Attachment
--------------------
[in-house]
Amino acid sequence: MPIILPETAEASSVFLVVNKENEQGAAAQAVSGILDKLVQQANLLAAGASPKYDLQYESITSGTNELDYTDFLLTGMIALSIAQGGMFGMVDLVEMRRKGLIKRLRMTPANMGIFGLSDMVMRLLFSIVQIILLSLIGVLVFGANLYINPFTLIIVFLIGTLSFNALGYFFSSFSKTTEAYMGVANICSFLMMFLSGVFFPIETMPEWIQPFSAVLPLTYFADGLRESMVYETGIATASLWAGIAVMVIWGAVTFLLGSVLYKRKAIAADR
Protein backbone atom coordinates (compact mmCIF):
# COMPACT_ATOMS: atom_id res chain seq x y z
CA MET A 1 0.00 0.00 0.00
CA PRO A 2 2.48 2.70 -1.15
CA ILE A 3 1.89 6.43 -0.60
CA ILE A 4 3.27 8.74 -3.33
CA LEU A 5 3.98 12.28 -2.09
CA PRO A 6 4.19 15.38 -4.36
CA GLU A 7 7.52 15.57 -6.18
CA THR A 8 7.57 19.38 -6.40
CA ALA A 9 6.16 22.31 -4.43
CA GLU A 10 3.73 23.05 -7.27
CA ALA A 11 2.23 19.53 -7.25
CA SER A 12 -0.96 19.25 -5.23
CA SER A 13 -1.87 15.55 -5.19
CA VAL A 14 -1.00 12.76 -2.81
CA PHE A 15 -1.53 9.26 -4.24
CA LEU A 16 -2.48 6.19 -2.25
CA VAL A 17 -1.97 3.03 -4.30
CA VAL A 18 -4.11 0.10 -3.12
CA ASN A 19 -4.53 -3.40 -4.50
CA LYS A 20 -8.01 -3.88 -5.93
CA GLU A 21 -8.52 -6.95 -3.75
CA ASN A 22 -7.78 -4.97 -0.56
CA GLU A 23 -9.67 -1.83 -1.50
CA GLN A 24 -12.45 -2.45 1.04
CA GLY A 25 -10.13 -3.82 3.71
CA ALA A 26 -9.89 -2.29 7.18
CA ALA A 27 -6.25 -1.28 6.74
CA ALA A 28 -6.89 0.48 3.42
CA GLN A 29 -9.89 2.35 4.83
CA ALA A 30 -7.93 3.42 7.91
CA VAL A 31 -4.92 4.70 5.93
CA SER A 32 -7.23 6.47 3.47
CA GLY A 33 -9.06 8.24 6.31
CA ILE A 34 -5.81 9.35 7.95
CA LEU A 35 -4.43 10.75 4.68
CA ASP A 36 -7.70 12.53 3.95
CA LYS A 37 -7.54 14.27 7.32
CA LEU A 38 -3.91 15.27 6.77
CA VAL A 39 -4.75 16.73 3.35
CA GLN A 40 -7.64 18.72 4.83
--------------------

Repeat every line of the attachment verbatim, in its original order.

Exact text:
[in-house]
Amino acid sequence: MPIILPETAEASSVFLVVNKENEQGAAAQAVSGILDKLVQQANLLAAGASPKYDLQYESITSGTNELDYTDFLLTGMIALSIAQGGMFGMVDLVEMRRKGLIKRLRMTPANMGIFGLSDMVMRLLFSIVQIILLSLIGVLVFGANLYINPFTLIIVFLIGTLSFNALGYFFSSFSKTTEAYMGVANICSFLMMFLSGVFFPIETMPEWIQPFSAVLPLTYFADGLRESMVYETGIATASLWAGIAVMVIWGAVTFLLGSVLYKRKAIAADR
Protein backbone atom coordinates (compact mmCIF):
# COMPACT_ATOMS: atom_id res chain seq x y z
CA MET A 1 0.00 0.00 0.00
CA PRO A 2 2.48 2.70 -1.15
CA ILE A 3 1.89 6.43 -0.60
CA ILE A 4 3.27 8.74 -3.33
CA LEU A 5 3.98 12.28 -2.09
CA PRO A 6 4.19 15.38 -4.36
CA GLU A 7 7.52 15.57 -6.18
CA THR A 8 7.57 19.38 -6.40
CA ALA A 9 6.16 22.31 -4.43
CA GLU A 10 3.73 23.05 -7.27
CA ALA A 11 2.23 19.53 -7.25
CA SER A 12 -0.96 19.25 -5.23
CA SER A 13 -1.87 15.55 -5.19
CA VAL A 14 -1.00 12.76 -2.81
CA PHE A 15 -1.53 9.26 -4.24
CA LEU A 16 -2.48 6.19 -2.25
CA VAL A 17 -1.97 3.03 -4.30
CA VAL A 18 -4.11 0.10 -3.12
CA ASN A 19 -4.53 -3.40 -4.50
CA LYS A 20 -8.01 -3.88 -5.93
CA GLU A 21 -8.52 -6.95 -3.75
CA ASN A 22 -7.78 -4.97 -0.56
CA GLU A 23 -9.67 -1.83 -1.50
CA GLN A 24 -12.45 -2.45 1.04
CA GLY A 25 -10.13 -3.82 3.71
CA ALA A 26 -9.89 -2.29 7.18
CA ALA A 27 -6.25 -1.28 6.74
CA ALA A 28 -6.89 0.48 3.42
CA GLN A 29 -9.89 2.35 4.83
CA ALA A 30 -7.93 3.42 7.91
CA VAL A 31 -4.92 4.70 5.93
CA SER A 32 -7.23 6.47 3.47
CA GLY A 33 -9.06 8.24 6.31
CA ILE A 34 -5.81 9.35 7.95
CA LEU A 35 -4.43 10.75 4.68
CA ASP A 36 -7.70 12.53 3.95
CA LYS A 37 -7.54 14.27 7.32
CA LEU A 38 -3.91 15.27 6.77
CA VAL A 39 -4.75 16.73 3.35
CA GLN A 40 -7.64 18.72 4.83